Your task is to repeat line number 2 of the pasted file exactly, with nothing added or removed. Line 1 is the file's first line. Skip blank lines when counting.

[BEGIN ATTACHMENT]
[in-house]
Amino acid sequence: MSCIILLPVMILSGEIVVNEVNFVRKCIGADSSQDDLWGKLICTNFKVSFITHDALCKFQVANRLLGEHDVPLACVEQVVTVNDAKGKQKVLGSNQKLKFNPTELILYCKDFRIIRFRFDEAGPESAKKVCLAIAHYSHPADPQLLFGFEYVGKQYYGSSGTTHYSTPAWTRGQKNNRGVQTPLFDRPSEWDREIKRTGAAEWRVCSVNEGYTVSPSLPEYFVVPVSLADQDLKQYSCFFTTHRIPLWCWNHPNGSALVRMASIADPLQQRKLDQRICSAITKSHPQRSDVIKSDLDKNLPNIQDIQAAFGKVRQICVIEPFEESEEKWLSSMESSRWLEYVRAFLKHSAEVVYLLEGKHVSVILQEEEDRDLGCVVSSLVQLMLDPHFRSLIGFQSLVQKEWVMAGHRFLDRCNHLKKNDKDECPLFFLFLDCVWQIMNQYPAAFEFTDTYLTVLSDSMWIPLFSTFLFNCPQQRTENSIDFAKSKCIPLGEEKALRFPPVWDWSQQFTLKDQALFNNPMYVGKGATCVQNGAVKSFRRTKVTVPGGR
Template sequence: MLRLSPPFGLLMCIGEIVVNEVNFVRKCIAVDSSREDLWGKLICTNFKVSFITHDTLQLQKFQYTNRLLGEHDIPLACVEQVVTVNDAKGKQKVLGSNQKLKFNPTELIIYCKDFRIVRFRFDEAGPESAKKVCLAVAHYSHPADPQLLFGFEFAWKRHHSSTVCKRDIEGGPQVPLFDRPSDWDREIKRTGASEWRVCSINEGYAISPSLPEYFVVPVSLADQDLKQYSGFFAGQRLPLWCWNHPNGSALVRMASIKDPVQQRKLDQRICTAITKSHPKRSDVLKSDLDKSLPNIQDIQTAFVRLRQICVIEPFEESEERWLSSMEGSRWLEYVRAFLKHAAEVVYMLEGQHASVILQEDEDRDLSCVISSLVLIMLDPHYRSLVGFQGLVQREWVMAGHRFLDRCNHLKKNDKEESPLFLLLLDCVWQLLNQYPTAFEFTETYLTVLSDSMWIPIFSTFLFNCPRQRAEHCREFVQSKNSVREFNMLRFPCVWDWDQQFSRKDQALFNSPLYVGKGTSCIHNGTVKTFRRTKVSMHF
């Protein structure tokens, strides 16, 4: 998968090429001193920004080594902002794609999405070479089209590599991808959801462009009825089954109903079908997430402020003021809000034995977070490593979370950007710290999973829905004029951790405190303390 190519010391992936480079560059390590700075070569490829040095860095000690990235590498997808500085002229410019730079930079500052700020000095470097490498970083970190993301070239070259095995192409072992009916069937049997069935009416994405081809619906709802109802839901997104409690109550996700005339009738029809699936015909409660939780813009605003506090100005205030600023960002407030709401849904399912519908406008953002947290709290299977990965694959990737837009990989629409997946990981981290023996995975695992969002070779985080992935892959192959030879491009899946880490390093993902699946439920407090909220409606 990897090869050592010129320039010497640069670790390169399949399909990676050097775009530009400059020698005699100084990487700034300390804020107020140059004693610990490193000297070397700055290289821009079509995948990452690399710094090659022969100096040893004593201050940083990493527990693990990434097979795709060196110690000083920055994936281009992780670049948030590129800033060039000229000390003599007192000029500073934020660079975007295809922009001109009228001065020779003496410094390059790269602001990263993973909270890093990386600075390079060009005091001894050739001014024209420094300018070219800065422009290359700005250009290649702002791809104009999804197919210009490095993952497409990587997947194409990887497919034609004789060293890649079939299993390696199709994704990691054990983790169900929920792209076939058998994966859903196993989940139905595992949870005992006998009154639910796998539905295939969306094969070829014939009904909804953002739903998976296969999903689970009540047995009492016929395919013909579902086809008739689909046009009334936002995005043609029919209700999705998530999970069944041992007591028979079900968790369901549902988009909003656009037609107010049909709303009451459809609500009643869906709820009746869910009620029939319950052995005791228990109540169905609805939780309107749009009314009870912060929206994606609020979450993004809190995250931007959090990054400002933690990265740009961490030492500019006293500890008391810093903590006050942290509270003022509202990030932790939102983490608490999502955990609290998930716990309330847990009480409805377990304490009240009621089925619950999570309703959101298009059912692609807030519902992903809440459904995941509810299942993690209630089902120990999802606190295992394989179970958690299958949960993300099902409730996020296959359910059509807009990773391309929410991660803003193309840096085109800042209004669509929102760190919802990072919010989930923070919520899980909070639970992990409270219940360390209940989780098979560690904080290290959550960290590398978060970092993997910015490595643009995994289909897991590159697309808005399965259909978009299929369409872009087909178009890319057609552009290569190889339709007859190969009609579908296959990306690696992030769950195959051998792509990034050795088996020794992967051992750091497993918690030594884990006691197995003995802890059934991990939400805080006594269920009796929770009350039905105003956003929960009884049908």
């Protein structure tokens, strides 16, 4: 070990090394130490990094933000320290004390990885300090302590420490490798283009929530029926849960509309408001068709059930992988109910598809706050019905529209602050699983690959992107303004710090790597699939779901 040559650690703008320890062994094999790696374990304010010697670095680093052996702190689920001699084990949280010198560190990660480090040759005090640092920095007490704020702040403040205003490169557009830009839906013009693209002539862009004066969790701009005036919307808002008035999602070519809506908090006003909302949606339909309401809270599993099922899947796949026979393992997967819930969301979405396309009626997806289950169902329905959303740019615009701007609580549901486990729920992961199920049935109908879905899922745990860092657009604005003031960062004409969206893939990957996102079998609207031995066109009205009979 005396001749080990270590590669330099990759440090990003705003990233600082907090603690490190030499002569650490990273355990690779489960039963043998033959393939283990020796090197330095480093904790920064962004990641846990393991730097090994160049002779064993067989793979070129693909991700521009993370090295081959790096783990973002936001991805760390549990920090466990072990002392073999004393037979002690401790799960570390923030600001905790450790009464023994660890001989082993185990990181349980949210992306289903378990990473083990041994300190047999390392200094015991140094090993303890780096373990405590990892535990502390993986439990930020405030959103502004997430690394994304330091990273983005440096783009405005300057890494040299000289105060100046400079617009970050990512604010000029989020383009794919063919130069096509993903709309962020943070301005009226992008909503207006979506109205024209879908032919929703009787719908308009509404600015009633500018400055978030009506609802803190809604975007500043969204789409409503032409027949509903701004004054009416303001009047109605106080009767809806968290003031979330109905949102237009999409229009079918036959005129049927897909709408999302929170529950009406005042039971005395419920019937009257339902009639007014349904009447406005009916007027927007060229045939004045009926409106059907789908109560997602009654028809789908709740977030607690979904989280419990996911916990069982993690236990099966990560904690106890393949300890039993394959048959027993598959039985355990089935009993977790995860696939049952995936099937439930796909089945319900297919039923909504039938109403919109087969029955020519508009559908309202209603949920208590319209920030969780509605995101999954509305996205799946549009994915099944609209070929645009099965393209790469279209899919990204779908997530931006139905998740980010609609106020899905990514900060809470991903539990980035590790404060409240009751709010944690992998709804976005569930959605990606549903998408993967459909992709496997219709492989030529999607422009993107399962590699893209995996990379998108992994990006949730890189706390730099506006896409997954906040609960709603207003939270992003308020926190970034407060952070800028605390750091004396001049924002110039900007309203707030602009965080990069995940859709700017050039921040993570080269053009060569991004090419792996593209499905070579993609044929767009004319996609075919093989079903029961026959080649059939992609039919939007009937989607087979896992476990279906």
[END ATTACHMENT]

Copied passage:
Amino acid sequence: MSCIILLPVMILSGEIVVNEVNFVRKCIGADSSQDDLWGKLICTNFKVSFITHDALCKFQVANRLLGEHDVPLACVEQVVTVNDAKGKQKVLGSNQKLKFNPTELILYCKDFRIIRFRFDEAGPESAKKVCLAIAHYSHPADPQLLFGFEYVGKQYYGSSGTTHYSTPAWTRGQKNNRGVQTPLFDRPSEWDREIKRTGAAEWRVCSVNEGYTVSPSLPEYFVVPVSLADQDLKQYSCFFTTHRIPLWCWNHPNGSALVRMASIADPLQQRKLDQRICSAITKSHPQRSDVIKSDLDKNLPNIQDIQAAFGKVRQICVIEPFEESEEKWLSSMESSRWLEYVRAFLKHSAEVVYLLEGKHVSVILQEEEDRDLGCVVSSLVQLMLDPHFRSLIGFQSLVQKEWVMAGHRFLDRCNHLKKNDKDECPLFFLFLDCVWQIMNQYPAAFEFTDTYLTVLSDSMWIPLFSTFLFNCPQQRTENSIDFAKSKCIPLGEEKALRFPPVWDWSQQFTLKDQALFNNPMYVGKGATCVQNGAVKSFRRTKVTVPGGR